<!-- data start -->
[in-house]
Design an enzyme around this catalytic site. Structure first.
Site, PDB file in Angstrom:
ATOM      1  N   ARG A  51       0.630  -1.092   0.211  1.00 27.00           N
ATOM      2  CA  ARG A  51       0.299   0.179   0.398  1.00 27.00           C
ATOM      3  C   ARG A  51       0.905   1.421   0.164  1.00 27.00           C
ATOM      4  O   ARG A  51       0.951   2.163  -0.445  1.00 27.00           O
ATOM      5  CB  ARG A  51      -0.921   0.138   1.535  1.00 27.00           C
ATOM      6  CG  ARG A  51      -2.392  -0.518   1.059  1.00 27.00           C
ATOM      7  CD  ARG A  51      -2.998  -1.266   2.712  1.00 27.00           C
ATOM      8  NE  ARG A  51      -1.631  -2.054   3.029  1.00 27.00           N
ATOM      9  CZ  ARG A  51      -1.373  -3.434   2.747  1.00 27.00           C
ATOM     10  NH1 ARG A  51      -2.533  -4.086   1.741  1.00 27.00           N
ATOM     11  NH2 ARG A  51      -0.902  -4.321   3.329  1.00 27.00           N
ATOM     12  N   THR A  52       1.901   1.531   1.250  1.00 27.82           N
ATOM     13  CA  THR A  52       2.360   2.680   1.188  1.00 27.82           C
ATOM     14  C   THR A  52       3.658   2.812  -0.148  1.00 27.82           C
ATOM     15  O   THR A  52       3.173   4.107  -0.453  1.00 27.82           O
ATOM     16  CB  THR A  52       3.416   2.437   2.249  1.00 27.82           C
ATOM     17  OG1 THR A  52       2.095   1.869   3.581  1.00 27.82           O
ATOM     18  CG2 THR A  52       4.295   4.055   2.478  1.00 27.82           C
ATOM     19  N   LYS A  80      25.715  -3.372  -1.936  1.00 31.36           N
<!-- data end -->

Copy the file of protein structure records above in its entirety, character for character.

[in-house]
Design an enzyme around this catalytic site. Structure first.
Site, PDB file in Angstrom:
ATOM      1  N   ARG A  51       0.630  -1.092   0.211  1.00 27.00           N
ATOM      2  CA  ARG A  51       0.299   0.179   0.398  1.00 27.00           C
ATOM      3  C   ARG A  51       0.905   1.421   0.164  1.00 27.00           C
ATOM      4  O   ARG A  51       0.951   2.163  -0.445  1.00 27.00           O
ATOM      5  CB  ARG A  51      -0.921   0.138   1.535  1.00 27.00           C
ATOM      6  CG  ARG A  51      -2.392  -0.518   1.059  1.00 27.00           C
ATOM      7  CD  ARG A  51      -2.998  -1.266   2.712  1.00 27.00           C
ATOM      8  NE  ARG A  51      -1.631  -2.054   3.029  1.00 27.00           N
ATOM      9  CZ  ARG A  51      -1.373  -3.434   2.747  1.00 27.00           C
ATOM     10  NH1 ARG A  51      -2.533  -4.086   1.741  1.00 27.00           N
ATOM     11  NH2 ARG A  51      -0.902  -4.321   3.329  1.00 27.00           N
ATOM     12  N   THR A  52       1.901   1.531   1.250  1.00 27.82           N
ATOM     13  CA  THR A  52       2.360   2.680   1.188  1.00 27.82           C
ATOM     14  C   THR A  52       3.658   2.812  -0.148  1.00 27.82           C
ATOM     15  O   THR A  52       3.173   4.107  -0.453  1.00 27.82           O
ATOM     16  CB  THR A  52       3.416   2.437   2.249  1.00 27.82           C
ATOM     17  OG1 THR A  52       2.095   1.869   3.581  1.00 27.82           O
ATOM     18  CG2 THR A  52       4.295   4.055   2.478  1.00 27.82           C
ATOM     19  N   LYS A  80      25.715  -3.372  -1.936  1.00 31.36           N